A greedy film producer assembles a team of moviemakers and sets out for the infamous Skull Island, where they find more than just cannibalistic natives. (IMDb)
“It was beauty killed the beast”: A stupid line that botches the promising thematic arc. This character was the one who dragged Kong from home to hellhole for a life of humiliation all for his own gain but sure, let him end the film with this bullshit poetic proclamation that places blame on the fucking sunset and the woman who literally just tried to save Kong’s life. It’s a great film otherwise: the action-adventure is truly breathtaking in spite of dated CGI and cringe-y native portrayals.
7.5/10 (Really Good)
A group of elite warriors parachute into an unfamiliar jungle and are hunted by members of a merciless alien race. (IMDb)
Sure, the self-serious expository dialogue is a little contrived and cheesy at points (lots of “what’s going on?!”) but when the actual plot is written and directed as well as it is, you can let it slide. Right from the opening pre-title plunge, the unraveling mystery and monster-suspense–while nothing groundbreaking–is presented appreciably well (acting, cinematography, and music are all solid). The first character twist is a good one, but the last one isn’t (where was the motivation?).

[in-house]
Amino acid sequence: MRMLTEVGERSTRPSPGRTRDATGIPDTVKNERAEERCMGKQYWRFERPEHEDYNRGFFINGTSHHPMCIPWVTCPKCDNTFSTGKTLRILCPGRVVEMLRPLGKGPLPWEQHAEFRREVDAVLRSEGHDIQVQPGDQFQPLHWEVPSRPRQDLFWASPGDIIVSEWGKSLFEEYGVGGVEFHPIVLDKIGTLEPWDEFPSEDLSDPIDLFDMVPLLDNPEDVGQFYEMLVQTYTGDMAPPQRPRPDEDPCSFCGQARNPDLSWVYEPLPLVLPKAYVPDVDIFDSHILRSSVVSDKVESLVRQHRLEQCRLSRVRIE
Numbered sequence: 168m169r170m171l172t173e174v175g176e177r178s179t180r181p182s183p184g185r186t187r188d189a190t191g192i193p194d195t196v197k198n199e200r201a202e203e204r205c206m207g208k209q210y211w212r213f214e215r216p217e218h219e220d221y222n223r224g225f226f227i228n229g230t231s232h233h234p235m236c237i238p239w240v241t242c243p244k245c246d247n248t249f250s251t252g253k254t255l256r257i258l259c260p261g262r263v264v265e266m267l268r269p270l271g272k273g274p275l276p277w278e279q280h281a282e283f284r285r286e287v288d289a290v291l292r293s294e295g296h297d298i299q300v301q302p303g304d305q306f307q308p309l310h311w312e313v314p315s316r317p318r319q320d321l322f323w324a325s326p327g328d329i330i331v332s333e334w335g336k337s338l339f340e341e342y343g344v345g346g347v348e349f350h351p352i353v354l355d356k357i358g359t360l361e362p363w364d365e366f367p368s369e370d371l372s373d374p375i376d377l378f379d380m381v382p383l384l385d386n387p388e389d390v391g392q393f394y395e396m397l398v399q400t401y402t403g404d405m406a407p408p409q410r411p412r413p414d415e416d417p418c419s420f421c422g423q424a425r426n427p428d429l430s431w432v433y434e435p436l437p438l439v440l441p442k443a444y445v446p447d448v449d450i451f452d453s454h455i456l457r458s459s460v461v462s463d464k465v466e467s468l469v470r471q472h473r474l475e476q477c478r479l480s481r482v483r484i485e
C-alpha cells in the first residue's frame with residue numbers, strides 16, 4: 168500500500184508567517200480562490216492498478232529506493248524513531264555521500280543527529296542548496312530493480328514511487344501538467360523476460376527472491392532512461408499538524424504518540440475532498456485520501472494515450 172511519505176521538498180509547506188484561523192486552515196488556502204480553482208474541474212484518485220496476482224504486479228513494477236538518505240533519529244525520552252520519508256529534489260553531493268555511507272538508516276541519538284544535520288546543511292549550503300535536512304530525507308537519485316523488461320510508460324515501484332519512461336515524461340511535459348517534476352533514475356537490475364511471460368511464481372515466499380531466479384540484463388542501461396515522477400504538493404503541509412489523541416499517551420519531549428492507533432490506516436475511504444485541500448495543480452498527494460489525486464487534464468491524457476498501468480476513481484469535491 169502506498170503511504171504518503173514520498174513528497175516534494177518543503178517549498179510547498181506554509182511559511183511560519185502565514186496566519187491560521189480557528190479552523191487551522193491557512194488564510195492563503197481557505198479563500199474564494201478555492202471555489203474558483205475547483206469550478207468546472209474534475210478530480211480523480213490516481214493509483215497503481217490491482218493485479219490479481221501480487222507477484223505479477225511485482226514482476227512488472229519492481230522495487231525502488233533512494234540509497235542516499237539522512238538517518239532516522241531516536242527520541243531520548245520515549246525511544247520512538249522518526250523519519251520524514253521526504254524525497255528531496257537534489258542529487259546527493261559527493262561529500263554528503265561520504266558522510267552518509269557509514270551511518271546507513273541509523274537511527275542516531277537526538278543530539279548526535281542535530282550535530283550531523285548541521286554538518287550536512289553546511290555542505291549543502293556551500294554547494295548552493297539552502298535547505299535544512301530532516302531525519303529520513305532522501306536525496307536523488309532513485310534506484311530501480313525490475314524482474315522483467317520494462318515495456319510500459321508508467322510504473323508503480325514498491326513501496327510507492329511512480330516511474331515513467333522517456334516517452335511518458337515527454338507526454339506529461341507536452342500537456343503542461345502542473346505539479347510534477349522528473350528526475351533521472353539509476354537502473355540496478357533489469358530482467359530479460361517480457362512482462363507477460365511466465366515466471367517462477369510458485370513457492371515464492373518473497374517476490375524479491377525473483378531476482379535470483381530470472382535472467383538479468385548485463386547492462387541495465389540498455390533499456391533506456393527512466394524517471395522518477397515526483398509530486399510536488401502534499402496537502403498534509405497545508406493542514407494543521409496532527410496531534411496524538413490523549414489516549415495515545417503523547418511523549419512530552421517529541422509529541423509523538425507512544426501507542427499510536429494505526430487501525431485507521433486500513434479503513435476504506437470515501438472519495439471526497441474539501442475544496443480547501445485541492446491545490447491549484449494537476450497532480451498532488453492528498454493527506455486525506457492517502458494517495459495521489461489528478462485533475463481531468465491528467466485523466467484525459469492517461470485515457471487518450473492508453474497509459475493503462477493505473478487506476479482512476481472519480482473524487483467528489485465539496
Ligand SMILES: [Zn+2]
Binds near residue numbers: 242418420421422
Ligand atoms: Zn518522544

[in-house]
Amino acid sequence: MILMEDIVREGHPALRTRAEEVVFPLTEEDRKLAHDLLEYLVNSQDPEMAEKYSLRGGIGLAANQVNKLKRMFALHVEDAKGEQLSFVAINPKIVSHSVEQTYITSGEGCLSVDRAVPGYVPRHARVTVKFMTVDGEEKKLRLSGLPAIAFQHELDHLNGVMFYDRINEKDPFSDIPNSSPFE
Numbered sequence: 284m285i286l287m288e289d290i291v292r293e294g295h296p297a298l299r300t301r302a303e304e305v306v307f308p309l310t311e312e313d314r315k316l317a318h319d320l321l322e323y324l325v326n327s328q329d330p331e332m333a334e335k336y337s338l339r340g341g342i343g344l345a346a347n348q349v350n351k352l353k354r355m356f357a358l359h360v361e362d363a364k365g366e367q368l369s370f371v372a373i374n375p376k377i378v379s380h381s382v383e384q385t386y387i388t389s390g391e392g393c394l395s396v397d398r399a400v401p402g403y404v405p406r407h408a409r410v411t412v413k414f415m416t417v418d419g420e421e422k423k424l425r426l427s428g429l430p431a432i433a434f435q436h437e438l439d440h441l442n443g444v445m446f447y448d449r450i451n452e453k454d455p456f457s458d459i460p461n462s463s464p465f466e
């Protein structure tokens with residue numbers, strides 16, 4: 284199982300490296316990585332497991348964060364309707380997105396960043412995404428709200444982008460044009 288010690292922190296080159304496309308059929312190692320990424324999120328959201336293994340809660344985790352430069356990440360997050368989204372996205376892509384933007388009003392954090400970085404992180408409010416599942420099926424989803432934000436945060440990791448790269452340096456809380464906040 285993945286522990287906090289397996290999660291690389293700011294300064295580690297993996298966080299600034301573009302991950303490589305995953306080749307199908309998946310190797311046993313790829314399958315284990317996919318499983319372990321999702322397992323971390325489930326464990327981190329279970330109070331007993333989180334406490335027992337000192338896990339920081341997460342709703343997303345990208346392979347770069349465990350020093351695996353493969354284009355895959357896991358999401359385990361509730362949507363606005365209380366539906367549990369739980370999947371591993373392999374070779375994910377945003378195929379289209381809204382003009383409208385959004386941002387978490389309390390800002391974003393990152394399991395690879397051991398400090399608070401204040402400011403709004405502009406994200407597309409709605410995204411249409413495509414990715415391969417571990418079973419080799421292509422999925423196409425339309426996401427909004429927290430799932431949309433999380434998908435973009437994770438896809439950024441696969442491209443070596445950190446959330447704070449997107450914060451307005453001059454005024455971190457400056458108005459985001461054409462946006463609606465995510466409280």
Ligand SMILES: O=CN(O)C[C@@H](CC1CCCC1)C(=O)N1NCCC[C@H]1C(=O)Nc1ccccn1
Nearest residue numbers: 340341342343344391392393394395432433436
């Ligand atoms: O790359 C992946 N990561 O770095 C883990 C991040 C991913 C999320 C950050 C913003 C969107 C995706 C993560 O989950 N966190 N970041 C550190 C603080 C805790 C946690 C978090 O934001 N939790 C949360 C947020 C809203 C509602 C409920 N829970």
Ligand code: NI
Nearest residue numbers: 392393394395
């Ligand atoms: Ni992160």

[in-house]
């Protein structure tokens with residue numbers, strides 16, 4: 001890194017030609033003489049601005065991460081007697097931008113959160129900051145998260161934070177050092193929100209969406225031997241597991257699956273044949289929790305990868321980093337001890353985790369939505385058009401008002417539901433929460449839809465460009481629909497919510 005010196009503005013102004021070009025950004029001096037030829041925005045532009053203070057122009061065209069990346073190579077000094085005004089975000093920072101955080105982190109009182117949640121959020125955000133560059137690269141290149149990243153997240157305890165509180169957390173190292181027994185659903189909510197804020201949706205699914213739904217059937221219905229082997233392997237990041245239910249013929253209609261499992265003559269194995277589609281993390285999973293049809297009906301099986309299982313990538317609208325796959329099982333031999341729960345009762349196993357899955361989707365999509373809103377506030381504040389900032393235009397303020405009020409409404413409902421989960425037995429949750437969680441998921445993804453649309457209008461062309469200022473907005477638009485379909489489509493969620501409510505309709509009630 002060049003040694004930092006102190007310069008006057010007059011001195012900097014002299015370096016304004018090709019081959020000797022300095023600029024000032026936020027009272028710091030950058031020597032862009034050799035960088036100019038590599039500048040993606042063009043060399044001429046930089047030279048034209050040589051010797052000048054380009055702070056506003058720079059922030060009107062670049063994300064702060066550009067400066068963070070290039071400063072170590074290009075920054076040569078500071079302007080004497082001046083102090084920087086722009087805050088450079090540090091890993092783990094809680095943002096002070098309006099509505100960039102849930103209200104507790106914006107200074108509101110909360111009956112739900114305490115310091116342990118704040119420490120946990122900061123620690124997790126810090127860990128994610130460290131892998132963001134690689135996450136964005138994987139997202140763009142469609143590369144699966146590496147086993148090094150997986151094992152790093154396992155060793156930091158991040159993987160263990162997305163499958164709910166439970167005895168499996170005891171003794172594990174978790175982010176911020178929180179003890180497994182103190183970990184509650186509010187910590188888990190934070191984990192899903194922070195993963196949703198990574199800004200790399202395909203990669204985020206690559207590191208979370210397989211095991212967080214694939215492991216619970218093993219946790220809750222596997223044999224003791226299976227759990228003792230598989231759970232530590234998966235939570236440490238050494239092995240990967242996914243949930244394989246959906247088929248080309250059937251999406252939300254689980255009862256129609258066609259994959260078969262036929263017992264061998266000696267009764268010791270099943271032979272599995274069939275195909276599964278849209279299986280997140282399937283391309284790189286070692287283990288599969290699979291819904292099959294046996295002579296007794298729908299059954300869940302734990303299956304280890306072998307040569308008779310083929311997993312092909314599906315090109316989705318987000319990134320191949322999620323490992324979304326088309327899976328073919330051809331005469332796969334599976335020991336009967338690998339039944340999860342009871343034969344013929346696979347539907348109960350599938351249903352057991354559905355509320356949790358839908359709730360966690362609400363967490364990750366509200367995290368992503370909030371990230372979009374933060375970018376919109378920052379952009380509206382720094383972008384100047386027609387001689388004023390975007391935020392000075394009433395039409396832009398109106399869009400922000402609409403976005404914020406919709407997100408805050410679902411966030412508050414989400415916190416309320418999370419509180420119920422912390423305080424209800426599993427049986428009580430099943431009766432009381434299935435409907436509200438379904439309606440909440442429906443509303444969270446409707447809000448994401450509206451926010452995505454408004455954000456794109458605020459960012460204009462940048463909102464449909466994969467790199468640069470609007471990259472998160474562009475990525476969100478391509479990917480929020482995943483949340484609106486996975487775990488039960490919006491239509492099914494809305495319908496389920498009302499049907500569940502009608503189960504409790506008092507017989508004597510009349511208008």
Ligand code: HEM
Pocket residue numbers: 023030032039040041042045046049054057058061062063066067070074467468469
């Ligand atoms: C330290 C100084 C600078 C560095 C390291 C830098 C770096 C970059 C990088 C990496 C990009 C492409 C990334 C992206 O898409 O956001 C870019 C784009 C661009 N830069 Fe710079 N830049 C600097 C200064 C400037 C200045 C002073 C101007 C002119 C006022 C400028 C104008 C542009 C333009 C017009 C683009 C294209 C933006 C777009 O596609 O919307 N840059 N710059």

A year after their father’s funeral, three brothers travel across India by train in an attempt to bond with each other. (IMDb)
The estranged brother dynamic is well-written in the dryly humourous first act as keener Francis initiates their adventure, secrets are leaked, and the backstory is patiently exposited. The rest of the film loses some momentum (despite great music, slow-mo, and tracking shots) thanks to too many vaguely significant but unsubstantiated scenes (see the unearned melodrama of Jack’s farewell to Rita), though the dramatic tragedy of the second act (“He’s all bloody!”) certainly isn’t one of them.
The adventures of Gustave H, a legendary concierge at a famous hotel from the fictional Republic of Zubrowka between the first and second World Wars, and Zero Moustafa, the lobby boy who becomes his most trusted friend. (IMDb)
The visuals are so remarkably entrancing and vibrantly varied here (hotels, prisons, mansions, and mountaintops) that you find yourself as excited to see what the next scene looks like as much as what happens in it–and that’s not to say the writing is sub-par: Within a cute 4-tiered narrative, a wild and wacky plot of murder, money, and escape takes place with plenty of quirky characters (Fiennes is fantastic) and well-placed bits of goofiness and expletives that break up the dazzling dialogue.